The "Wendish Lands" in the book's title refers to the Wenden, a Slavonic tribe which settled in the region between the Elbe and Oder rivers from about 600 AD and of whom there are still traces to be found in the population of this area. They are famous for their beautiful old farmhouses built in a circle (Rundling) with the great end gable facing onto the village green to which there was traditionally only one entrance. Charlemagne fought several campaigns against them around the end of the eighth century, at least partly in the name of Christianity.
The Saxon King Henry I conquered the Wends in 928 and by setting up new bishoprics and walled towns, was able to consolidate his success. But, as with Slavonic tribes generally, the subjugation did not last and Christian ambitions combined with the need for more land led to crusades being undertaken not only to Palestine. At the time of the Second Crusade against Islam 1147-1149 Heinrich der Löwe (Henry the Lion), King of Saxony and Bavaria, was much more interested in expanding his territory eastwards with what is known as the Wendish Crusade which lasted intermittently from 1147 to 1185. He continued to strengthen his influence by founding more bishoprics in Ratzeburg, Oldenburg and Mecklenburg, which latter derives its name from the Wendish fortification Michelenburg south of Wismar on the Baltic coast.
Henry the Lion was married to Mathilda, or Maud, daughter of Henry II (Plantagenet) of England, at whose court he was forced to spend a few years in exile after quarrelling with the German Emperor Friedrich Barbarossa. After the latter had drowned during the Third Crusade, Henry made his peace with the next Emperor, Heinrich VI. All of this was really a dynastic struggle about land and influence in the Holy Roman Empire, that hegemony which was in fact a revival of the original Roman Empire with a distinctly Christian mission, hence the inspiration it gave to the cause of defeating the heathen in northern and eastern Europe.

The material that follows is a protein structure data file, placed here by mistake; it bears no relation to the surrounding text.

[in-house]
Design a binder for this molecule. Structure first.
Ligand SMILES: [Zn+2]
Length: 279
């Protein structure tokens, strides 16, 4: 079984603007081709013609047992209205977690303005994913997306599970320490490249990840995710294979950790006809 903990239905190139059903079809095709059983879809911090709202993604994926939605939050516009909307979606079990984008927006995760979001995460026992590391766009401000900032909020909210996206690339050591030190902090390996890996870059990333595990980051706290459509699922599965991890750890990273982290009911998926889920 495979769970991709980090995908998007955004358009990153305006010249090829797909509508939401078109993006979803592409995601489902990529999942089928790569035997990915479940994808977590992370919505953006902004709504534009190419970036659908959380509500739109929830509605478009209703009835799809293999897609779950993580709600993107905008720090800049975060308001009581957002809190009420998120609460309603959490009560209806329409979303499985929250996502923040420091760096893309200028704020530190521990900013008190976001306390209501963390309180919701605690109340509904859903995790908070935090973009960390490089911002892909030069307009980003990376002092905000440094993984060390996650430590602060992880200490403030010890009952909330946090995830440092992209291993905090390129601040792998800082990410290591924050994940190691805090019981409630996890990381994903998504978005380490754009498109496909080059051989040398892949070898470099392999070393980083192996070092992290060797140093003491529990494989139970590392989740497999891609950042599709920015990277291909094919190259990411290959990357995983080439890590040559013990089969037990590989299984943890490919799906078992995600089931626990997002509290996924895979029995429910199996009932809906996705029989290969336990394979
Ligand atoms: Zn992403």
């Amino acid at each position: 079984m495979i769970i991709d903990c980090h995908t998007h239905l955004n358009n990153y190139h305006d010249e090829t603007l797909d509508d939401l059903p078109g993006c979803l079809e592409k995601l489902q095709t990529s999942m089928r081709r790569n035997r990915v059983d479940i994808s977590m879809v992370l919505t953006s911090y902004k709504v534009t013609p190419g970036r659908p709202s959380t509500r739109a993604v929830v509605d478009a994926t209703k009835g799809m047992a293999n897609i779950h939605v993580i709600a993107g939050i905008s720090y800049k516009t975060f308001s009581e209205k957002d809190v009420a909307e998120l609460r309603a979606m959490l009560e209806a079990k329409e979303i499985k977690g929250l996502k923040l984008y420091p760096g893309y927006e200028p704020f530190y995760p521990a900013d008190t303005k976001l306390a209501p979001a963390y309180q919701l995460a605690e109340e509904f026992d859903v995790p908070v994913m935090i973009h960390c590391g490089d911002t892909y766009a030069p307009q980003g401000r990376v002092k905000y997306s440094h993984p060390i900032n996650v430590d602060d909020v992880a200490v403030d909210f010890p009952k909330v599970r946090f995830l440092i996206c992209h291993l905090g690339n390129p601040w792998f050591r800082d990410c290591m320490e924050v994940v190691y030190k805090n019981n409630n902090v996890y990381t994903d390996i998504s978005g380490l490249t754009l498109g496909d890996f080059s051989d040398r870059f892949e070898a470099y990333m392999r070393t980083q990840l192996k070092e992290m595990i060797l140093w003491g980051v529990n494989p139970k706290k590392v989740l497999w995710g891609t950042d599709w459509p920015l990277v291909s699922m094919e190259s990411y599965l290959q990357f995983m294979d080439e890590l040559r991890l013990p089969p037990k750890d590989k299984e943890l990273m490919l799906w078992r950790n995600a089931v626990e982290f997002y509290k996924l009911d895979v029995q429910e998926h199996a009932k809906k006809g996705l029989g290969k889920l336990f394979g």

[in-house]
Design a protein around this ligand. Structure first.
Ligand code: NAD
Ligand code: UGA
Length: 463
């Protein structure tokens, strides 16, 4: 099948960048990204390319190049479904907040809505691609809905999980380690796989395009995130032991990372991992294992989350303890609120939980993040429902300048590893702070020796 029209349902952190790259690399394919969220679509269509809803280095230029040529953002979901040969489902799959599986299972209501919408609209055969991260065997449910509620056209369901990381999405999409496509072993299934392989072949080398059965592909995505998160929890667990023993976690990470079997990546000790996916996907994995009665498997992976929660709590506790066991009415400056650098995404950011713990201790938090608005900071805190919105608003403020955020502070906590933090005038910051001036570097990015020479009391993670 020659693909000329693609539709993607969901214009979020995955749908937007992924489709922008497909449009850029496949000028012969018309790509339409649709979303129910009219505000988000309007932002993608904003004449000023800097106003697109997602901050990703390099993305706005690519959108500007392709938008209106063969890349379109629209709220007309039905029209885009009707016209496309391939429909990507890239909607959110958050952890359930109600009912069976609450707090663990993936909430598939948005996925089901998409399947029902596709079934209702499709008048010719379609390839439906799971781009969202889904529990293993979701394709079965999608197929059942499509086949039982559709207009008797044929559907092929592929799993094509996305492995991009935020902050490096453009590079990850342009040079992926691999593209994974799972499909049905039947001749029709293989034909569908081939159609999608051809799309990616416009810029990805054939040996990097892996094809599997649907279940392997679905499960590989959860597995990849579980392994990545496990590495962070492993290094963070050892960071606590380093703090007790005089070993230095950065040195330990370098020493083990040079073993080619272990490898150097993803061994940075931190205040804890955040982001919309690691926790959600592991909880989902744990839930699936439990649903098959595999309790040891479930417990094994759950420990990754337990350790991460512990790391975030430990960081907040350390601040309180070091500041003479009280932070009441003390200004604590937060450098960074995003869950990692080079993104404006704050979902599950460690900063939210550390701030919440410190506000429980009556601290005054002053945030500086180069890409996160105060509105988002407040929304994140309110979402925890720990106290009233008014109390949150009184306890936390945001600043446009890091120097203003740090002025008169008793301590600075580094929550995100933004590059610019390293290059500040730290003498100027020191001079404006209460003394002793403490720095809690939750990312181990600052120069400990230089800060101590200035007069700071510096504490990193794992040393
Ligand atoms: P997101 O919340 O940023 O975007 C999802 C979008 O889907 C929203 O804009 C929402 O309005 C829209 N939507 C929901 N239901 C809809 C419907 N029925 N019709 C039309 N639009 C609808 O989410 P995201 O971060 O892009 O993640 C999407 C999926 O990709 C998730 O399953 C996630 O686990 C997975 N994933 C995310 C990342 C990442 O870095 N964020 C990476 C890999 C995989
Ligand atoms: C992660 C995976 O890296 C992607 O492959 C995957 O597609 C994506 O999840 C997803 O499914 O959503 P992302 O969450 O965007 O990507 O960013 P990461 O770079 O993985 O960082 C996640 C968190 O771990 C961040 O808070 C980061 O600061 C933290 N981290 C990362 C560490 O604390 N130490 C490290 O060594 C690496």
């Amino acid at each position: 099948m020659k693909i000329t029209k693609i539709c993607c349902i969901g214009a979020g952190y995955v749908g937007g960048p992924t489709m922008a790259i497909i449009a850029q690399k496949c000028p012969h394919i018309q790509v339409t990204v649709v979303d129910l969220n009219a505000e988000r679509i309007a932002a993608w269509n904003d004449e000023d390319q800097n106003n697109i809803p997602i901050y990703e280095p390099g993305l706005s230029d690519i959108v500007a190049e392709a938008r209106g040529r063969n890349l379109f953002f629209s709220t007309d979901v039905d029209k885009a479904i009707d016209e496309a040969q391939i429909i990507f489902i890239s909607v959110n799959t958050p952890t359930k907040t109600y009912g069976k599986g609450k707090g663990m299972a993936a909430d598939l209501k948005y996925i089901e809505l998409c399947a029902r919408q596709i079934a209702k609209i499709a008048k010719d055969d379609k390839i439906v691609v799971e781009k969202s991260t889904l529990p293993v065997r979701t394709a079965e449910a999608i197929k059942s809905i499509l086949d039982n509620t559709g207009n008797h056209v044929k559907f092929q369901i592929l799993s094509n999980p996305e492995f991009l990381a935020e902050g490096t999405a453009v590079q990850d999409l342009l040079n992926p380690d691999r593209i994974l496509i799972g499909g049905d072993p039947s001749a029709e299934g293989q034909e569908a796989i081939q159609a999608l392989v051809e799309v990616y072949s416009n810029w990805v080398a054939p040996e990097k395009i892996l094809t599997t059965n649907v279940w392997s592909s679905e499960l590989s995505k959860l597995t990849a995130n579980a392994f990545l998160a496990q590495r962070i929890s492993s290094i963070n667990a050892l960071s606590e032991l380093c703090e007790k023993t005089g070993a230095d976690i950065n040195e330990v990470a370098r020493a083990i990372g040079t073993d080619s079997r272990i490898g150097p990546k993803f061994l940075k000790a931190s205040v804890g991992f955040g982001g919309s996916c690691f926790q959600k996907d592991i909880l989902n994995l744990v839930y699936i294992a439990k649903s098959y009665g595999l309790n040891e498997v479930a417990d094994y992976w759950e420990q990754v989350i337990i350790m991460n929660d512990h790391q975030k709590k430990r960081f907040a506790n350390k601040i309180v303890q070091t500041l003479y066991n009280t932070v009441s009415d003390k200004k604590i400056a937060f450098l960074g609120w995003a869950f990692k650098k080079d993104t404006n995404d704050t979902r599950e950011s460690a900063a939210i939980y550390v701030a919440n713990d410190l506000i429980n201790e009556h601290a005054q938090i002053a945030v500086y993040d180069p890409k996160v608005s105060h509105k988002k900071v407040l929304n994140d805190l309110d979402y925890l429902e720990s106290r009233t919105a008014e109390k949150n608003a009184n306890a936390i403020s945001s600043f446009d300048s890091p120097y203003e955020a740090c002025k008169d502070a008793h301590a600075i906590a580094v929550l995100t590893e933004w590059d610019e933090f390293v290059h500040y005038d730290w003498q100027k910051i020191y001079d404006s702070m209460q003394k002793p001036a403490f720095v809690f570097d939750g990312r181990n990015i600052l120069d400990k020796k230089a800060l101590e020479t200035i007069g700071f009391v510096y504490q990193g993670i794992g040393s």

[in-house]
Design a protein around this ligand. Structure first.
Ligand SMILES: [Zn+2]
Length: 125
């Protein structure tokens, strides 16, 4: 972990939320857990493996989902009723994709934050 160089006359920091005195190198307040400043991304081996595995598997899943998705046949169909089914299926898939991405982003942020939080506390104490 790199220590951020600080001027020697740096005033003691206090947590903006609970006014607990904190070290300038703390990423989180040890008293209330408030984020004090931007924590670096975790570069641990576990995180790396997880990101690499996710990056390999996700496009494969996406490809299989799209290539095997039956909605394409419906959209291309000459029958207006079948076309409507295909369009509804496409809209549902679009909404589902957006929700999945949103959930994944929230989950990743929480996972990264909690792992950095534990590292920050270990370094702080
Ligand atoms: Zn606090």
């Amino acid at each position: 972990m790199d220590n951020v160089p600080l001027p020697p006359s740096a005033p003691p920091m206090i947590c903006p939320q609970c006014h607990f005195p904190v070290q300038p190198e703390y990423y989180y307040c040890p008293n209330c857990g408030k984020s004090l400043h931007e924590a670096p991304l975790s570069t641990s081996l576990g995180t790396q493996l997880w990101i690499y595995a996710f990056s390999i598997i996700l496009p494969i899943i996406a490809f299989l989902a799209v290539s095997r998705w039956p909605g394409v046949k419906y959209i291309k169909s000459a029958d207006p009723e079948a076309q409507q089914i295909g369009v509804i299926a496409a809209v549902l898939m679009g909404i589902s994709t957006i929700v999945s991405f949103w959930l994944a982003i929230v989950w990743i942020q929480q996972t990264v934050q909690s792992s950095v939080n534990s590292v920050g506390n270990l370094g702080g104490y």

Thus the region, through which the crew of the wherry Gipsy travelled, while free of any actual Roman history, since the Romans never conquered the north and east of Germany, was thickly covered in layers of past tribal movements, settlements, kingdoms, dukedoms, battlefields and burial grounds. The North German Plain owes its existence to the last great Ice Age. It stretches with hardly a hillock for hundreds of miles under a vast sky with fantastic cloud formations. It is criss-crossed by streams, channels, rivers and lakes all with their attendant mists and the peculiar light effects caused by the moisture content of the air. The silent movement of the wherry could hardly have disturbed the mysterious countryside as they passed. The book contains a map of their journey, red lines showing their route by water up the Elbe, through the lakes of Mecklenburg and back up the Elbe into Bohemia. Dotted red lines indicate extra excursions made by rail.
That the author of the book, H. M. Doughty, was conscious all the time of the historical links between Germany and England is illustrated particularly well in a passage he wrote about their arrival in the "Wendish Lands" along the Elbe, just after leaving Lauenburg, south-east of Hamburg. "We were now well within the ancient 'Wendish Land' - for no less than 800 years the home of a wild race of Sclav (sic) hunters and fighters 'over sea and sand', the Wends. For generations, Christian Saxons and heathen Wends had slaughtered each other, by way of pious missionary argument, till at length Henry the Lion conquered and killed Niklot Prince of the Wends, in a battle by the river Warnow. The interest of this fight, fought so long - 700 years - ago, is of more than mere academic interest to Englishmen; for it is strange as true, that the blood of both the Christian and heathen chiefs, the conqueror and the conquered, runs united in the veins of our English royal family. Our Queen is a direct descendant of both Henry the Lion and Prince Niklot. Henry was a Guelph prince - Her Majesty has no more famous ancestor _ and the Queen's grandmother, good Queen Charlotte - a Mecklenburg princess - was descended directly from the Obotrite Niklot. That ancient house of Mecklenburg is the one reigning family in Germany which is in the male line descended from the Wends. It has, except one short usurpation by Wallenstein, reigned since the heathen times (or rather since Niklot's son was restored) without a break; and to this day its members keep the old title of Princes of Wenden." The Queen Charlotte he refers to was the wife of George III and mother of Edward, Duke of Kent and Victoria's father. She was of the Mecklenburg-Strelitz line.